A Nashville General Sessions judge claims stories by a local television news station involving him were not only false but retaliatory in nature, and he's filed a lawsuit to that effect.
Judge Daniel B. Eisenstein filed suit against WTVF-Channel 5 Wednesday afternoon in Davidson County Circuit Court, claiming the station libeled and portrayed him in a false light.
He is seeking unspecified compensatory and punitive damages, as well as the retraction of what he believes were “defamatory and libelous statements” included in stories the station aired in February of this year and last summer.
The suit lists the station’s parent company, Landmark Media Enterprises, station manager Lyn Plantinga, news director Sandy Boonstra and reporter Phil Williams as defendants.
Reached for comment, Boonstra said, “We take something like this very seriously, but we stand by our stories."
Boonstra said she didn’t want to comment any further, as she'd not yet had a chance to thoroughly review the lawsuit. Plantinga declined to comment. Messages left for Williams seeking comment were not immediately returned.
WTVF-Channel 5 attorney Ron Harris, of Neal & Harwell PLC, told The City Paper, “NewsChannel 5 disputes the allegations made against it and its reporter. We don’t believe they’re valid claims, and we’ll seek to dismiss the lawsuit at the appropriate time.”
According to Eisenstein’s suit, WTVF-Channel 5 ran a “false and libelous” story in July 2010 that asked in its headline, “Is Another Nashville Judge Under Ethics Investigation?” The suit claims the station broadcast the story maliciously, and that the defendants knew the assertion was false or “had obvious reasons to doubt the accuracy” of an assertion that Eisenstein was under investigation.
In February of this year, the station ran a story that questioned why Dr. James Casey — an unlicensed psychologist, as the story pointed out — was allowed to work with and treat mentally ill offenders as part of the Mental Health Court for Davidson County, which Eisenstein oversees.
The judge didn’t speak on camera for the story, reported by Williams. In the lawsuit, however, Eisenstein states that he didn’t hire Casey as a licensed psychologist but contracted with him for work that didn’t require a license, something he claims he made very clear to WTVF-Channel 5 in letters through his attorney to the station prior to the story’s broadcast.
Eisenstein claims the investigations that led to those stories resulted from a June 2010 hearing he presided over regarding two parking tickets reporter Williams received one day in May 2010 for parking in a media parking/loading zone without properly identifying his vehicle.
After police learned that the vehicle belonged to Williams and that he had been at police headquarters as it related to his job as a reporter, a police captain wrote a letter to the Traffic Violation Bureau explaining what happened. The captain asked that one of the tickets be dismissed and that Williams be heard in court on the first ticket.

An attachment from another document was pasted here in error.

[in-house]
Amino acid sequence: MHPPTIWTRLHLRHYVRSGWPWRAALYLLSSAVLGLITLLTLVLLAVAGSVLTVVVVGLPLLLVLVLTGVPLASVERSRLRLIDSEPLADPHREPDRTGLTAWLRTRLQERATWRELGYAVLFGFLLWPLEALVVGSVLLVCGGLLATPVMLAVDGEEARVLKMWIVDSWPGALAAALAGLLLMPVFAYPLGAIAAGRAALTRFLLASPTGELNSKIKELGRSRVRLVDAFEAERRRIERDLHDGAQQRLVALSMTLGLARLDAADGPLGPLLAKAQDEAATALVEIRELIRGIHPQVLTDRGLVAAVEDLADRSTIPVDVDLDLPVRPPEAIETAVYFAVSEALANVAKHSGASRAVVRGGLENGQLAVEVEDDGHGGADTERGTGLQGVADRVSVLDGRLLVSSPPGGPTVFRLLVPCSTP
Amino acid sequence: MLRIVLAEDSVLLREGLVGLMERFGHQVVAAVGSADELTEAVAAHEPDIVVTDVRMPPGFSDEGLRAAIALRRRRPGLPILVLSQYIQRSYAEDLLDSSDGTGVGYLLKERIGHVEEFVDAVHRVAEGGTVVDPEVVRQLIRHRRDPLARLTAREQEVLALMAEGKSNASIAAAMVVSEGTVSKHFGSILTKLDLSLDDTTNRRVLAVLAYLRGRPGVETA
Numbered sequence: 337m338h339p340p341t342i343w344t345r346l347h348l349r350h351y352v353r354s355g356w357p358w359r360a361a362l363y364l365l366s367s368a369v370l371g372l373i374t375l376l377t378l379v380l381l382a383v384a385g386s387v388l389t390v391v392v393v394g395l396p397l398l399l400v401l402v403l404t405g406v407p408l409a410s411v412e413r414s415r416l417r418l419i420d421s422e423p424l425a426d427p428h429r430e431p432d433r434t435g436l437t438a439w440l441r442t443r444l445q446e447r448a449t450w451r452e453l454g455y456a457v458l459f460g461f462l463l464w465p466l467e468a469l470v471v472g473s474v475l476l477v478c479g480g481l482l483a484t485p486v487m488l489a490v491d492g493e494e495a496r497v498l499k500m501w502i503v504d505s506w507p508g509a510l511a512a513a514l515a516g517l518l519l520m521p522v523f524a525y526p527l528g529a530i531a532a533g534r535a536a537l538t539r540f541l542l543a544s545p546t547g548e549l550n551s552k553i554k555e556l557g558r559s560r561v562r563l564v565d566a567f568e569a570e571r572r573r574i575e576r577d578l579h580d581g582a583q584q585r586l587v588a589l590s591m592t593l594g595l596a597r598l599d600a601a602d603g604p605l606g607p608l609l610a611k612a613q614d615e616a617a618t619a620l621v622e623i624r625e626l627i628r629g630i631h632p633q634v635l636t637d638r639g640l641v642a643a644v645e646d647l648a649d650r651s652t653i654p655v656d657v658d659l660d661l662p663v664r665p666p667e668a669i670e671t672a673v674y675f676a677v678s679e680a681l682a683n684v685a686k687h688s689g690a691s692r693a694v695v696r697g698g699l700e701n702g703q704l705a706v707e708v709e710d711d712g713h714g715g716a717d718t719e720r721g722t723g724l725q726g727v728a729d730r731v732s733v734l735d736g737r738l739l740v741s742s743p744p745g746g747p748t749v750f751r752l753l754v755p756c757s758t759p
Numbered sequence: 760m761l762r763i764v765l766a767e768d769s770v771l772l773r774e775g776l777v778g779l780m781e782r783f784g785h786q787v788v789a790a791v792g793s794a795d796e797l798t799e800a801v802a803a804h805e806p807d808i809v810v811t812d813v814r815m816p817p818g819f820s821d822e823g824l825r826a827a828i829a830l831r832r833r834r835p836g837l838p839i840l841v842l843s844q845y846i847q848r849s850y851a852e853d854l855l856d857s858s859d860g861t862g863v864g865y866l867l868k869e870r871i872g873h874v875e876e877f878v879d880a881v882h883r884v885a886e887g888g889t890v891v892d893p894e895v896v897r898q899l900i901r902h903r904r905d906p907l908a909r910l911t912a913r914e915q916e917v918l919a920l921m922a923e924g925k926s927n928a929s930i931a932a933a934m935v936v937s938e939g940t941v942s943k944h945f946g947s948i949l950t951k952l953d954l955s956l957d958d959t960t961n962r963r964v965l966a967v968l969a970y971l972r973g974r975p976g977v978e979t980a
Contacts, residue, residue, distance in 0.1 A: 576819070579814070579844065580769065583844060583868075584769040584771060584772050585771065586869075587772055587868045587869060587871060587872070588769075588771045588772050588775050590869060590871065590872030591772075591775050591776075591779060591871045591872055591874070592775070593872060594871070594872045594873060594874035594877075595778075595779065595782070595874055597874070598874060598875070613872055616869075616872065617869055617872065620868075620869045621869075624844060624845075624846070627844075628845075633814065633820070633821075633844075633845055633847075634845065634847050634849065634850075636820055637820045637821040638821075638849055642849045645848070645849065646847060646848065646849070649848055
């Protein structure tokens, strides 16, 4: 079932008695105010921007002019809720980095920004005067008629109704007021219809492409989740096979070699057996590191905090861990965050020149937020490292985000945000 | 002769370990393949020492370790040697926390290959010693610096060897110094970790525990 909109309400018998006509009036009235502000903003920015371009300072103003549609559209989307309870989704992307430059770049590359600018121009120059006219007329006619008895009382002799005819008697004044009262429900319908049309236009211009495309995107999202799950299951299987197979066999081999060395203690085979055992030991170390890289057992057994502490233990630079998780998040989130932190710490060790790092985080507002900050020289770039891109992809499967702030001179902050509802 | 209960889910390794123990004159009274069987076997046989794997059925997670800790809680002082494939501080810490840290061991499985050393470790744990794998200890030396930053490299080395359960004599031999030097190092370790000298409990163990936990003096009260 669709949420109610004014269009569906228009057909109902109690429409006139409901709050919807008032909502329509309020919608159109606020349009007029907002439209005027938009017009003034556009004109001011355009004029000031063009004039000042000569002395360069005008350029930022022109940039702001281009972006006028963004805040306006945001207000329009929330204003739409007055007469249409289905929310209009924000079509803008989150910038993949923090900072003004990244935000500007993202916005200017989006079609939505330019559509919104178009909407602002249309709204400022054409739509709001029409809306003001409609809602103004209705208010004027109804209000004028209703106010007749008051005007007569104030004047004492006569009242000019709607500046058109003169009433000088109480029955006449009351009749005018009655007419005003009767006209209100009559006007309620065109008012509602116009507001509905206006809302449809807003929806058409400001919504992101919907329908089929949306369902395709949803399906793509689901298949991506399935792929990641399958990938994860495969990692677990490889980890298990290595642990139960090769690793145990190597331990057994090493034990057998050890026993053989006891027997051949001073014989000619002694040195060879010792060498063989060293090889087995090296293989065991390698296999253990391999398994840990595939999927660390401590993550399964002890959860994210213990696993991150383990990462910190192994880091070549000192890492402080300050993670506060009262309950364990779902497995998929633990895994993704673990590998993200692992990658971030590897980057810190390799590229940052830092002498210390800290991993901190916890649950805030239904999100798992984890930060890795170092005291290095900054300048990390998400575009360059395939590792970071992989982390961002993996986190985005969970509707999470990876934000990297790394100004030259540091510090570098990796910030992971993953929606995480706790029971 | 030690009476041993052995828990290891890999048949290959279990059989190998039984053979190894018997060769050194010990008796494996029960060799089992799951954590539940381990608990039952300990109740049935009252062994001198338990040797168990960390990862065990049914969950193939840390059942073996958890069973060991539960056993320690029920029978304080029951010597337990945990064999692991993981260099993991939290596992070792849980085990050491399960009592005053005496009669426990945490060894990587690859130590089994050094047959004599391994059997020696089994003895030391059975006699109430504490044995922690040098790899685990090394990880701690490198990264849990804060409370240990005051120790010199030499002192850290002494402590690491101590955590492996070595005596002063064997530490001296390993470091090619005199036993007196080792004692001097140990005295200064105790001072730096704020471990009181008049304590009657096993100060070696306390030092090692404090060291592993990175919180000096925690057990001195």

But that request apparently raised a red flag for Eisenstein, who claims in the suit that it “appeared to fly in the face” of a memo signed by Mayor Karl Dean in May 2009 regarding the unauthorized dismissal of traffic citations outside of court.
On June 23, 2010, the judge held a hearing on “the lawfulness and propriety of the request,” according to the suit, during which he questioned Metro police employees on why a request was made to dismiss one of the tickets issued to Williams — who in the past had written stories critical of the General Sessions Court and traffic court, claiming some people could get out of tickets depending on whom they knew.
Eisenstein decided the two tickets should be decided during the traffic docket on which they were regularly set to appear. He made no determination on them or whether police employees acted improperly.
Williams later paid both the parking tickets before the July court hearing.
Eisenstein goes on to claim in the suit that “Williams or someone acting upon his direction” provided a recording of the June 23 hearing to the disciplinary counsel for the Court of Judiciary of Tennessee “in an effort to have the Court of Judiciary … conduct an investigation of the Plaintiff, Eisenstein.”
The judge claims following that series of events, Williams started working on an investigative story about Eisenstein out of retaliation, leading to the subsequent stories he claims are false.
Attorney Robert L. DeLaney, of Tune, Entrekin & White PC, is representing Eisenstein in the matter.